Their ancestral line stretched back over the centuries, its nodes and gridlines populated by a motley cast of businessmen, gendarmes, and schoolmasters. Heini’s own experts would trace them back to before Charlemagne. One of Heini’s female ancestors named Passanquay had been burned at the stake as a witch. Reinhard Heydrich would derive satisfaction from informing him in May 1939 of another unfortunate, Margareth Himbler, of Markelsheim, burned as a witch on Apr 4, 1629…

Having retired at sixty-five with the venerable rank of Geheimrat, or privy counsellor, the professor would die on October 29, 1936, before Heini’s fame had turned to infamy. His wife, Frau Geheimrat Anna, was remembered as a gentle little woman, a churchgoer. ‘She could not have hurt a fly,’ said one who knew her. They had been living on the second floor of No. 6, Hildegard Strasse, when she produced Heini, their second boy, on October 7, 1900… A few months later, in March 1901, they moved to a new apartment above a pharmacy in Liebig Strasse, in a genteel area of Munich.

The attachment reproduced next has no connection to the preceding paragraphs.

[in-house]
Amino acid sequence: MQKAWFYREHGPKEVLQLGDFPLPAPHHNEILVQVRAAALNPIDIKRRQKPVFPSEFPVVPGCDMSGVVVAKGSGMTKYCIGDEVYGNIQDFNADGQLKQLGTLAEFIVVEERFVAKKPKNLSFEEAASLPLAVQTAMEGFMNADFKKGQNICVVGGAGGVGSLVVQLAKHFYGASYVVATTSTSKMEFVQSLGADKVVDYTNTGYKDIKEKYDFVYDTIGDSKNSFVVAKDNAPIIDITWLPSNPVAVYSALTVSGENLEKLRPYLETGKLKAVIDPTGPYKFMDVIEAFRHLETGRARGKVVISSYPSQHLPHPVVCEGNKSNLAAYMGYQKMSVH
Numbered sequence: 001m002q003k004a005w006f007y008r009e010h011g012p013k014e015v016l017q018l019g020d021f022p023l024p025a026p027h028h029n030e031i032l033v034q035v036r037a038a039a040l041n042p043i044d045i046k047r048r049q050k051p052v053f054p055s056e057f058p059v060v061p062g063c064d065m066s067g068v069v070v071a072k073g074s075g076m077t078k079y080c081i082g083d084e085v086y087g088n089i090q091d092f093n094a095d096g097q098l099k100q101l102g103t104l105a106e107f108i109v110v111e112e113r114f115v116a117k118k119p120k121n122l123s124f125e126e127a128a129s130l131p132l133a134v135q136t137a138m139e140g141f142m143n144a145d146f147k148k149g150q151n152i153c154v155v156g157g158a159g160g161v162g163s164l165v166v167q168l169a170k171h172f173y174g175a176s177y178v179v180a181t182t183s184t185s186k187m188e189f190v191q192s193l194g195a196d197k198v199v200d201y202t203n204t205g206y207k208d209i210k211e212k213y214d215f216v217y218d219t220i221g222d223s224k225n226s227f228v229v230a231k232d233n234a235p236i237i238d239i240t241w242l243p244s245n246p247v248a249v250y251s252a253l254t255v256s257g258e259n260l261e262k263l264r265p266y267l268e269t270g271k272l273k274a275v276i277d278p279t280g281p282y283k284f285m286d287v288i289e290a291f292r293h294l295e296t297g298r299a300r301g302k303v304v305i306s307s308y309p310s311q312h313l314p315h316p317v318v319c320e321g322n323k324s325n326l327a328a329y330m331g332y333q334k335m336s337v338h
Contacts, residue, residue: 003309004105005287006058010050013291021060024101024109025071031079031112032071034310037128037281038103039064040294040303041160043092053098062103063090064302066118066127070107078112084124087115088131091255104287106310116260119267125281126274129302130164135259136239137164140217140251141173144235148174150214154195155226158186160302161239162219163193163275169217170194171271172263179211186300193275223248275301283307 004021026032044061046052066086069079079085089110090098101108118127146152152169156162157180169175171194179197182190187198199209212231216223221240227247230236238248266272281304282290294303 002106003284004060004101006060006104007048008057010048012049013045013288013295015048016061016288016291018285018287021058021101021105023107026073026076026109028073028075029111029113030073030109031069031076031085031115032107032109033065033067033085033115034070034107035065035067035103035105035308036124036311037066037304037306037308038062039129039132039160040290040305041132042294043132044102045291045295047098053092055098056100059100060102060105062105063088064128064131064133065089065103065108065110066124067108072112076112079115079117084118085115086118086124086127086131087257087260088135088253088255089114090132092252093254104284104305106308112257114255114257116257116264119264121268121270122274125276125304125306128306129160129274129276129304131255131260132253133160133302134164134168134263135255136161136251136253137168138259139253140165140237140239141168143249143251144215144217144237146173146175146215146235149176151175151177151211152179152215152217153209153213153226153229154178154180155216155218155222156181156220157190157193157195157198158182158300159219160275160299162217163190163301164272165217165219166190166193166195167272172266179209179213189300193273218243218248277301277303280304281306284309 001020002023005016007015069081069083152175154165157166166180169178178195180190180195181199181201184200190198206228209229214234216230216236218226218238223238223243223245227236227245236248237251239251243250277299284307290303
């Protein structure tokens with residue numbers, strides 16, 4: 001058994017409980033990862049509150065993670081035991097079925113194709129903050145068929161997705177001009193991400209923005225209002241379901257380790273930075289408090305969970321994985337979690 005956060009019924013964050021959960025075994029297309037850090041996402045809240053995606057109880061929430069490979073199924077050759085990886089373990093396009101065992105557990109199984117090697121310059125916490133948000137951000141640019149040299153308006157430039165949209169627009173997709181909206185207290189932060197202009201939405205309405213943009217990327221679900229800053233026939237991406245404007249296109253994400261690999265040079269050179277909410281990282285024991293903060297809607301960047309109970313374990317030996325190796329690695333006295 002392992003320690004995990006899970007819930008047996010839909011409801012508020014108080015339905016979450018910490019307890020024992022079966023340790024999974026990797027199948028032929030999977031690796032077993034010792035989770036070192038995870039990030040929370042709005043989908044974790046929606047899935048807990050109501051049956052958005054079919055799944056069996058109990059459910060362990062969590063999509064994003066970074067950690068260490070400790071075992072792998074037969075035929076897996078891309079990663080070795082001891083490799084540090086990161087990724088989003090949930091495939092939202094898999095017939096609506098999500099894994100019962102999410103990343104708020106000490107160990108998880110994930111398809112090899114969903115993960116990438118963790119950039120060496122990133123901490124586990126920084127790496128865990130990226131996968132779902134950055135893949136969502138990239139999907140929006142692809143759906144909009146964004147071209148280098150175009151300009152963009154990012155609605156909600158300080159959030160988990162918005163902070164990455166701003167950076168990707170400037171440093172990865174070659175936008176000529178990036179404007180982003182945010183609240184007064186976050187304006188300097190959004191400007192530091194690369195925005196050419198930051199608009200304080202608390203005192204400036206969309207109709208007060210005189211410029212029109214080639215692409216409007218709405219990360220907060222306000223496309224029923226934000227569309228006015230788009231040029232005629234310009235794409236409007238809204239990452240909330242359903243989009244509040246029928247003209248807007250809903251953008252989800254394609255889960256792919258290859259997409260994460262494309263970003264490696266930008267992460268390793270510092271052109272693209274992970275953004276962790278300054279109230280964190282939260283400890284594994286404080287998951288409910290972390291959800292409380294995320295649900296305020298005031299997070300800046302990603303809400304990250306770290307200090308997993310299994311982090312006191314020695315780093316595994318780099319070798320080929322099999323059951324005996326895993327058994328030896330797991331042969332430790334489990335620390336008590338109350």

A tall carved statue of Christ stood in the entrance hall—an heirloom left to their mother, and the boys crossed themselves each time before it, just as their parents did. Heini set up an Ahnen-Zimmer, an ancestral shrine, where he spent hours studying his ancestors… The photos show him already wearing the round-eyed glasses which were to become iconic later in his life.